Ring Around the Rosette …

pretty prezzie

I’m sadly not very good at sewing, but I love fabric, so what’s a girl to do?  These adorable rosettes are the perfect answer–no sewing, easy to make and super-versatile.  Time to wander into the fabric section and act like you know exactly what you’re doing, because we’re makin’ crafts!

What you’ll need:
fabric — a yard will be more than enough, and preferably a type that’s easy to rip/fray
tacky glue
hot glue gun
anything you want to affix your rosette to — pinback, hairpin, barrette, headband, etc.

Note: I got all of my pinbacks, hairpins, and alligator clips from the jewelry-making section at JoAnn’s … you could also raid your own stash of hair accessories for things to use.

time to strip!

1) Tear a strip of fabric 3/4 of an inch to an inch wide.  To get an idea of how much fabric you’ll need, a 90″ strip of fabric makes a rosette 1 and 3/4″ across, and a 36″ strip will you get you a flower that’s about an inch across.  You can always use multiple strips for a rosette to get the size you want!

fold n' glue

2) Fold one end of the strip in half and glue the ends together.

let's roll!

3) Add a dab of glue to your folded end and start rolling it up tightly.  You’ll want to add a couple of dabs of glue as you go to keep the center together.

getting started

4) Keep rolling!  You should twist the strip as you go to give your flower some interesting texture.  Since the raw edges add to the look of the flower, you’ll want that edge facing up most of the time, but keep twisting the fabric frequently to make the rosette more flower-like.

progress

5) Every couple of inches, add a dab of glue to help keep things together, and keep rolling fairly tightly– not so tight that your flower ends up looking like a flat spool of ribbon, but tight enough that it stays put.

keep twisting

6) Don’t forget to keep twisting your fabric!

gluing down the tail

7) When you’ve got a couple of inches of fabric left, add a dab of glue and then fold the tail over.  Spread some glue across the back of your flower and press the end of the strip across it.  Trim anything that’s hanging over the edges.

finished product

.8) After the glue is dry, the world is literally your oyster.  You can attach your rosette to anything — pins, hairpins, headbands, barrettes …  You could make custom wedding hair flowers, or give them out as bridal shower favors.   I glued one to an alligator clip and dressed up a cheap paper gift bag in the two seconds it took to clip it on.  Or what about gluing one to a magnet? It’s almost like, what CAN’T you put these on?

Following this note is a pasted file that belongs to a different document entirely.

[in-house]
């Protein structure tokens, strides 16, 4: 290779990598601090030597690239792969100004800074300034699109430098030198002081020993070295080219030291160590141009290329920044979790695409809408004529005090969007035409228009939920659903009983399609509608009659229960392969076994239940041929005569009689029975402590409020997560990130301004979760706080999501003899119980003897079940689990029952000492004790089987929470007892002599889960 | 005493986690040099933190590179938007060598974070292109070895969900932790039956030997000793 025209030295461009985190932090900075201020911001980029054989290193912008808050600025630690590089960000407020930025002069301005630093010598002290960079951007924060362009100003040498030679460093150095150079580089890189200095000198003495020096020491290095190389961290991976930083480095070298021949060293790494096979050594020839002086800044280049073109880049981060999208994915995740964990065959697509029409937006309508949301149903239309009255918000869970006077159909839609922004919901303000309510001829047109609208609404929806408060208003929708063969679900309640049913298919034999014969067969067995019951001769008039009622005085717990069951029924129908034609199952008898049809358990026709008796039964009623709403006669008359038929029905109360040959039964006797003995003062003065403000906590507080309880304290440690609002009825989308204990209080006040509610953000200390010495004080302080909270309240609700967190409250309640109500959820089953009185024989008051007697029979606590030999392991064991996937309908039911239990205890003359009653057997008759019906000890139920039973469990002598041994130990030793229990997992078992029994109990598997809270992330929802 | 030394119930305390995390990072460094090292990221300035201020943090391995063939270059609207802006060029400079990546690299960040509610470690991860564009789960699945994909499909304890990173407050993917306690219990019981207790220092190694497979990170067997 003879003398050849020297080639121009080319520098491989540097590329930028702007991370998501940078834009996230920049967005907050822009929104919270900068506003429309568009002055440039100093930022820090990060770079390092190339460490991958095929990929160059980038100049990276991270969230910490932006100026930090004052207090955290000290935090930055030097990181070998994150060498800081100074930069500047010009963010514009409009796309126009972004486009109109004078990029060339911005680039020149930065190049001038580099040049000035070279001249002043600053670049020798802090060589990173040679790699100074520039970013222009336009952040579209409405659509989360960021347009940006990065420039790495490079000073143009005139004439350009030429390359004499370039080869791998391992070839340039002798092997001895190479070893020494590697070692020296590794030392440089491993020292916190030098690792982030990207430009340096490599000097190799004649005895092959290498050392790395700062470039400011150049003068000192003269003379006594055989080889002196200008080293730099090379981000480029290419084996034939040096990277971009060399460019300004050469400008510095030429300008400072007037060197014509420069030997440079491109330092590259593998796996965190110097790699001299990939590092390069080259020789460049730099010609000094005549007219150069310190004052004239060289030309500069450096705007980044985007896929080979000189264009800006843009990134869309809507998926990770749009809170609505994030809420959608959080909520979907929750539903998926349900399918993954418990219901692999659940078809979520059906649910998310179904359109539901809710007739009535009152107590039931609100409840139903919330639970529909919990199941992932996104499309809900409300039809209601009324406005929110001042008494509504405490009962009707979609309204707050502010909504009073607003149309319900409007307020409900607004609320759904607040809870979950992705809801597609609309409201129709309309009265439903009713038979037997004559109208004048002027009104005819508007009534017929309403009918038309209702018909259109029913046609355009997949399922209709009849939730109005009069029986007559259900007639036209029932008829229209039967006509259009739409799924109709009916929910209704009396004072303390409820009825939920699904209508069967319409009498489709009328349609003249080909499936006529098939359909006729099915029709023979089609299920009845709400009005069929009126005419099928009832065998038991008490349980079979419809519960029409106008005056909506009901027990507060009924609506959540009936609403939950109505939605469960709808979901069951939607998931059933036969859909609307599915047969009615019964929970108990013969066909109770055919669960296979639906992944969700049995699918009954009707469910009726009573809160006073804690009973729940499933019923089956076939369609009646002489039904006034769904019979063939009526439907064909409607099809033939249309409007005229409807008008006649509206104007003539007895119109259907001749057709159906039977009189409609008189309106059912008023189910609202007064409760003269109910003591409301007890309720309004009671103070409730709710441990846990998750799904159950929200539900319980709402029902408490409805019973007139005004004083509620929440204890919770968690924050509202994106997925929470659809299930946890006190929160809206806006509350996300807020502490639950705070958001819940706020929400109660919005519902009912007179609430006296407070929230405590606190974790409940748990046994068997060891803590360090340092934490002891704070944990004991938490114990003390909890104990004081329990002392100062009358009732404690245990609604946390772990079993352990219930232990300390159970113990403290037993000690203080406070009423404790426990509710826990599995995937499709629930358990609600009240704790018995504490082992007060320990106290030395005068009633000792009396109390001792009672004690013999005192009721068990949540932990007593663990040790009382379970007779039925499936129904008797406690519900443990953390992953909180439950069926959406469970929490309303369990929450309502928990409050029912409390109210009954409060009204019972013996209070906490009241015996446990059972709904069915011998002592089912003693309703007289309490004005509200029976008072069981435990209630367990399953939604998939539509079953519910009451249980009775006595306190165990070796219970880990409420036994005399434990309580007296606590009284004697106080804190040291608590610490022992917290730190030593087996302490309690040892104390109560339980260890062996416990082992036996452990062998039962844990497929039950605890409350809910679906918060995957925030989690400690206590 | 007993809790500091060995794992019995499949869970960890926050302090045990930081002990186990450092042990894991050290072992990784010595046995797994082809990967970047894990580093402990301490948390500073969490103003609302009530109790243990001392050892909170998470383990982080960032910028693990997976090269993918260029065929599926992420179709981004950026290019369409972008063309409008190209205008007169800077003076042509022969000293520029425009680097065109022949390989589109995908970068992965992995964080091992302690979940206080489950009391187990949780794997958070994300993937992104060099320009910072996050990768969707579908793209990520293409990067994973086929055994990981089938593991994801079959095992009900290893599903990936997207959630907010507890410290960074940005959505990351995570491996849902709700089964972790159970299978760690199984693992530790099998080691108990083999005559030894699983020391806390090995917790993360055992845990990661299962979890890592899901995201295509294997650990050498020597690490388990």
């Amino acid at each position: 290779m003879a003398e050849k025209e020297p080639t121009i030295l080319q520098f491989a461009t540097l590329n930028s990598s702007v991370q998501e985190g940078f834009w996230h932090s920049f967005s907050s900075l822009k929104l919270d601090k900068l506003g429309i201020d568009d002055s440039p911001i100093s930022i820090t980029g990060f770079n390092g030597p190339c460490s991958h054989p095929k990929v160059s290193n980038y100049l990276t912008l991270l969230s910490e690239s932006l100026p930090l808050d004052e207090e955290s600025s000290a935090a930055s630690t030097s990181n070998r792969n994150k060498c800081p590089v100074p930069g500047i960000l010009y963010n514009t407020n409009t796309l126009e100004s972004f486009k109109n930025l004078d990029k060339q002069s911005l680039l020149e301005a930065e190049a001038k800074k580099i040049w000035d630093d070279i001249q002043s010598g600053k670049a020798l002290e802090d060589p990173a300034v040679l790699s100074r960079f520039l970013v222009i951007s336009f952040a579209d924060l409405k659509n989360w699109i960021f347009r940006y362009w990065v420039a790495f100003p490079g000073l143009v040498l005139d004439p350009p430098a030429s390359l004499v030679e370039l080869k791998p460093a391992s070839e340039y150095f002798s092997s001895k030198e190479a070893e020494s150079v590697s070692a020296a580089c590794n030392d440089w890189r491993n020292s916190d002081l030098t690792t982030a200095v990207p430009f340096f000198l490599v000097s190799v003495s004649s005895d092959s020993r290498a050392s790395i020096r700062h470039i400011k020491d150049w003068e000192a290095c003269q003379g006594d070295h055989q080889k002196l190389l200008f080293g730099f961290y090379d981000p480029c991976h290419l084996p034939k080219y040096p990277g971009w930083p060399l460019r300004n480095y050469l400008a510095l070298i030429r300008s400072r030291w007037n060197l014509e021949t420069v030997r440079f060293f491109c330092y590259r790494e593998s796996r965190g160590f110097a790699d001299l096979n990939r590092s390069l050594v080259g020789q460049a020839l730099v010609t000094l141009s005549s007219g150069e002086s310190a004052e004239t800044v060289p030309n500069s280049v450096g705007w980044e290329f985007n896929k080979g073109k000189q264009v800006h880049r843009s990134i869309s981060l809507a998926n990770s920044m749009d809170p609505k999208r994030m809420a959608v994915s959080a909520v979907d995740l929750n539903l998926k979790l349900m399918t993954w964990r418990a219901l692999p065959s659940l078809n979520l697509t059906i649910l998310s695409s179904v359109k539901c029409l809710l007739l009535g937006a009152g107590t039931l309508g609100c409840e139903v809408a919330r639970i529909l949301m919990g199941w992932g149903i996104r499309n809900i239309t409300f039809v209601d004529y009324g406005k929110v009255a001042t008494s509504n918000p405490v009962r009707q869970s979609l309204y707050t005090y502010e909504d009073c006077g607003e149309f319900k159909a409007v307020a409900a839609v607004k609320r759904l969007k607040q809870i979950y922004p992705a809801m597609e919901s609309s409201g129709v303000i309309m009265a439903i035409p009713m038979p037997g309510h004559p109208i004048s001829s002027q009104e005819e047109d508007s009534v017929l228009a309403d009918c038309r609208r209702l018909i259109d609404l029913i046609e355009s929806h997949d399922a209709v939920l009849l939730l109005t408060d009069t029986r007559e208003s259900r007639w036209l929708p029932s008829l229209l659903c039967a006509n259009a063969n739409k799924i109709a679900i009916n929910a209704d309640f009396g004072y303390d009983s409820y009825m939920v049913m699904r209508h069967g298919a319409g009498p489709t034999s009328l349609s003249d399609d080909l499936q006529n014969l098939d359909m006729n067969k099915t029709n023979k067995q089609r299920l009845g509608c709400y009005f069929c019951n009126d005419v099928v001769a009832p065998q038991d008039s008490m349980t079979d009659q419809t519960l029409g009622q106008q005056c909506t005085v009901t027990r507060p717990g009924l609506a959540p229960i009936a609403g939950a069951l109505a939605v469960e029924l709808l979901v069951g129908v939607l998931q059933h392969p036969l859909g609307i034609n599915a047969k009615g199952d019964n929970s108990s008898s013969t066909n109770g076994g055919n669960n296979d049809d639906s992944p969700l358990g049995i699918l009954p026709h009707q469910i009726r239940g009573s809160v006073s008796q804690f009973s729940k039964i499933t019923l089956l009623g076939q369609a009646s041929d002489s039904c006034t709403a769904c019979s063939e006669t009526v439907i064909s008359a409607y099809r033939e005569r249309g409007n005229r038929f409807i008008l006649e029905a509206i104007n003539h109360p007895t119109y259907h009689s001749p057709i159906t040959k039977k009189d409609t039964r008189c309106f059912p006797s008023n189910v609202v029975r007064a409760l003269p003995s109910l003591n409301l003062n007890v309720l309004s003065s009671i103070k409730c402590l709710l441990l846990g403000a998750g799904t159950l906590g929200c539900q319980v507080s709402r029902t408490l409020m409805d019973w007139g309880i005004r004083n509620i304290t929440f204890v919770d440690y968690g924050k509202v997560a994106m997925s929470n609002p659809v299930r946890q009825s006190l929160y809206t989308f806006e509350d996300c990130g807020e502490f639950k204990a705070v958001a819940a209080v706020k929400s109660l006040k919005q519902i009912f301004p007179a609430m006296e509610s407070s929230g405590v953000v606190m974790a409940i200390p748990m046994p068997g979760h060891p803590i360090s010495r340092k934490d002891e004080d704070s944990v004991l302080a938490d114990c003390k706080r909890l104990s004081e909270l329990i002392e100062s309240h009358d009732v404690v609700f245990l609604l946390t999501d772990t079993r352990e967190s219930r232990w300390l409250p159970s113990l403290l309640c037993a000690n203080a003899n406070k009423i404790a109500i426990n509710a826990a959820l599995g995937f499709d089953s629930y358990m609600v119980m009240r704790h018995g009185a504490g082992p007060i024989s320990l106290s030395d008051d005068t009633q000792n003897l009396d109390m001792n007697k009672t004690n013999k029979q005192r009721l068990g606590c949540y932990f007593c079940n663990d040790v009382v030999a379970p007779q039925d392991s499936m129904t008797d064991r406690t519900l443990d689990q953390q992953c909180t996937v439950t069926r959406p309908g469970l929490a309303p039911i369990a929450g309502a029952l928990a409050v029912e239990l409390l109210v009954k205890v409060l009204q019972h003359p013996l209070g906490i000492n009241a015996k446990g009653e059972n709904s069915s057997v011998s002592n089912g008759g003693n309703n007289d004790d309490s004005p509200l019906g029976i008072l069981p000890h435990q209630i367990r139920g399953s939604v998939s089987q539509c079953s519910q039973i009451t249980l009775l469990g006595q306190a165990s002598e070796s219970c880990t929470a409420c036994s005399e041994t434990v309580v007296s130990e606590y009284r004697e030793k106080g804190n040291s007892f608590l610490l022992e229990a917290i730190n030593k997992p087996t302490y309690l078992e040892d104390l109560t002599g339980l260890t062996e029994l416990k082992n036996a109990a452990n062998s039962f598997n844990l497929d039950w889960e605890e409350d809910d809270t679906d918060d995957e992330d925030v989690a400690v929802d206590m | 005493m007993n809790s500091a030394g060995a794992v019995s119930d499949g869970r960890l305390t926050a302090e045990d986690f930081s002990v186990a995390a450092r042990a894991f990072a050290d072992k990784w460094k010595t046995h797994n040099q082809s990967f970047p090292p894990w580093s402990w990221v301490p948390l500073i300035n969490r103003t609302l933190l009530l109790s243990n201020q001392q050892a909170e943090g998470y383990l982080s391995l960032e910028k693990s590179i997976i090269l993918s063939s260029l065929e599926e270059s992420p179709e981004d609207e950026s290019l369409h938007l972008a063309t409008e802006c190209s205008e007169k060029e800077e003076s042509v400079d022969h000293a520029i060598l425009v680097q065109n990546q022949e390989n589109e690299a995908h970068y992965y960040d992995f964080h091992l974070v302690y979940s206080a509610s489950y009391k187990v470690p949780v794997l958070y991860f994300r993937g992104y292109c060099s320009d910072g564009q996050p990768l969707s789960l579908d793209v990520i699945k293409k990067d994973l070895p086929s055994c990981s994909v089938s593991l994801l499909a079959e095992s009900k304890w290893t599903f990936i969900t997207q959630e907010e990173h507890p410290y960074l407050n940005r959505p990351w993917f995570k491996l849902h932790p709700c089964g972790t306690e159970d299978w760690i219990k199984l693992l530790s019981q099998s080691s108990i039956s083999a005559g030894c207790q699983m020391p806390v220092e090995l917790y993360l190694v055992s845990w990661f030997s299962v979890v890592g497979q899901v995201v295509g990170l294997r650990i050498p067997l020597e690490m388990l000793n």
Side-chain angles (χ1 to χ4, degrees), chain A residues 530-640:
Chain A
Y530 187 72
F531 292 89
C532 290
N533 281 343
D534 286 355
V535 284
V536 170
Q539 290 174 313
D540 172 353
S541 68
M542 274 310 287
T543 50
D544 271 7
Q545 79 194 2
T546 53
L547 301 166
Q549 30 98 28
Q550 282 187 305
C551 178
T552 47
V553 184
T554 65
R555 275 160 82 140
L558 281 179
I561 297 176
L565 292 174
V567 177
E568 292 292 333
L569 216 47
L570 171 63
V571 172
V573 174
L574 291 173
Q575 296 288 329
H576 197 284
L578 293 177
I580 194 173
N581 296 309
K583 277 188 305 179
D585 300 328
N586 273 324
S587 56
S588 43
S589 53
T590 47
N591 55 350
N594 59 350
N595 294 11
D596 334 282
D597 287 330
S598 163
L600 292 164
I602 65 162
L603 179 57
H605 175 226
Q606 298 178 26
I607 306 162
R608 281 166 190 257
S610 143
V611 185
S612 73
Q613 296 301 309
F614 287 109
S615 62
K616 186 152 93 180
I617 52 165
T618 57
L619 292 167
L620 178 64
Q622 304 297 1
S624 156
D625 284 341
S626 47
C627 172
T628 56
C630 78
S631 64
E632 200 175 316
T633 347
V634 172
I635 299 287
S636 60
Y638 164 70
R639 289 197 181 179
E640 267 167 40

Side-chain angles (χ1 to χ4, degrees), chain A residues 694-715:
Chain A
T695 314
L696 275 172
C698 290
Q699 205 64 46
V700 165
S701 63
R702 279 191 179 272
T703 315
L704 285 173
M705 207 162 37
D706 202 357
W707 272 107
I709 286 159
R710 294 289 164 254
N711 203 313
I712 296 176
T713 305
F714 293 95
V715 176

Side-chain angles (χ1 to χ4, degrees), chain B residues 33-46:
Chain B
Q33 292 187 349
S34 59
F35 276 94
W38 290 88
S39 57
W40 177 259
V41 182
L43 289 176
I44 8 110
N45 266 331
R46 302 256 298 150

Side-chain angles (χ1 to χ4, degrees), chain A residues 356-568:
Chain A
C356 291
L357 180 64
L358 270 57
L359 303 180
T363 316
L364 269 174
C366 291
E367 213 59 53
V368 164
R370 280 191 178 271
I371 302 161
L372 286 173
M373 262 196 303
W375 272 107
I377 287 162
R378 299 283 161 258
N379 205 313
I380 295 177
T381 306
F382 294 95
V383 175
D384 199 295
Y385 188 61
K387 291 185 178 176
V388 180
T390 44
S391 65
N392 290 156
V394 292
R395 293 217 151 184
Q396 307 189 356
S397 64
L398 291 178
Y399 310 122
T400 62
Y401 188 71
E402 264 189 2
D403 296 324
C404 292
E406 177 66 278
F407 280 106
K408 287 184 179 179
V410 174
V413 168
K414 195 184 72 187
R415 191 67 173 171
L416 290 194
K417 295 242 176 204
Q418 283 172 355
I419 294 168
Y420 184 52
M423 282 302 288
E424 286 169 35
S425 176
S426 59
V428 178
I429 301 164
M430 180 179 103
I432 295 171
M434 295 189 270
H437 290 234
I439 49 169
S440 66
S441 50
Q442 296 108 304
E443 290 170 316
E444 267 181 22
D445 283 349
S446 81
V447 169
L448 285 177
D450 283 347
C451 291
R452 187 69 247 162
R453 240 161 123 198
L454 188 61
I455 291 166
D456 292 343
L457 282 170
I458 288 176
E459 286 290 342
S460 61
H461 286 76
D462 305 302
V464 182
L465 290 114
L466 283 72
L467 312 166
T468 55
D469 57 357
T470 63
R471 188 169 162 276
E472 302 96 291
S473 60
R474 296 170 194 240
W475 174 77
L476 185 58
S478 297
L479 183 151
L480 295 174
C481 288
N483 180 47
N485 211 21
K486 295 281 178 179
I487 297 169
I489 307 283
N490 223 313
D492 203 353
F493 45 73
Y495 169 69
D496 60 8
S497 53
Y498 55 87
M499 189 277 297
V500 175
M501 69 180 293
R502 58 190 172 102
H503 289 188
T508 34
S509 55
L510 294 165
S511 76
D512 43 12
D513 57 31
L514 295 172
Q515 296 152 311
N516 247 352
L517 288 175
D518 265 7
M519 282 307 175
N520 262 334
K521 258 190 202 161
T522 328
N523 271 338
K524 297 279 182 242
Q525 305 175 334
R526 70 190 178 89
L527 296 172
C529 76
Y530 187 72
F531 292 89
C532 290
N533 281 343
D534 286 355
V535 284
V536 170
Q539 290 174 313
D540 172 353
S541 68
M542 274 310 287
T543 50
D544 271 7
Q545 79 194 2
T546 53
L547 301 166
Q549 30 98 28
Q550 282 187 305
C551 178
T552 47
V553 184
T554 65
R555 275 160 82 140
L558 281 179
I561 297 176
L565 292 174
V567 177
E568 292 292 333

pretty sweet, right?

This is the kind of craft that has endless variations — try two complimentary strips of fabric together, or cut leaves out of other colors of fabric and glue them to the bottom like I did.  Experiment with colors, sizes, clusters of small flowers.  You could add beads, buttons, ribbons.   Go forth and rosette, gang!  Next Friday’s Crafternoon Social: stenciled onesies!

fancying up some bags ...

About The Chic

Back in 2004 when I was looking to name my events company, I stumbled across the word 'Chic' in an old dictionary. The definition was: “a fashionable lifestyle, ideology, or pursuit”. I fell in love with the word and the idea that chic is the pursuit of something better, prettier, or cooler than you are today. Chic isn’t a state of being or even a destination, chic is the journey you take on the way to something greater. ~Rachel

Rachel's Latest Answer

Question: Star, from Macon, GA Asks: What type of food will I need if I’m hosting a sip and shop? Rachel’s Answer: Hi Star, there’s really no wrong answer here. When I’ve hosted shopping events in the past I tend to focus on light and fun appetizers like Cheddar Apple Crostini or these individual Quinoa Salads.  Brunch is always a nice… Read more »

Have a question? Ask Rachel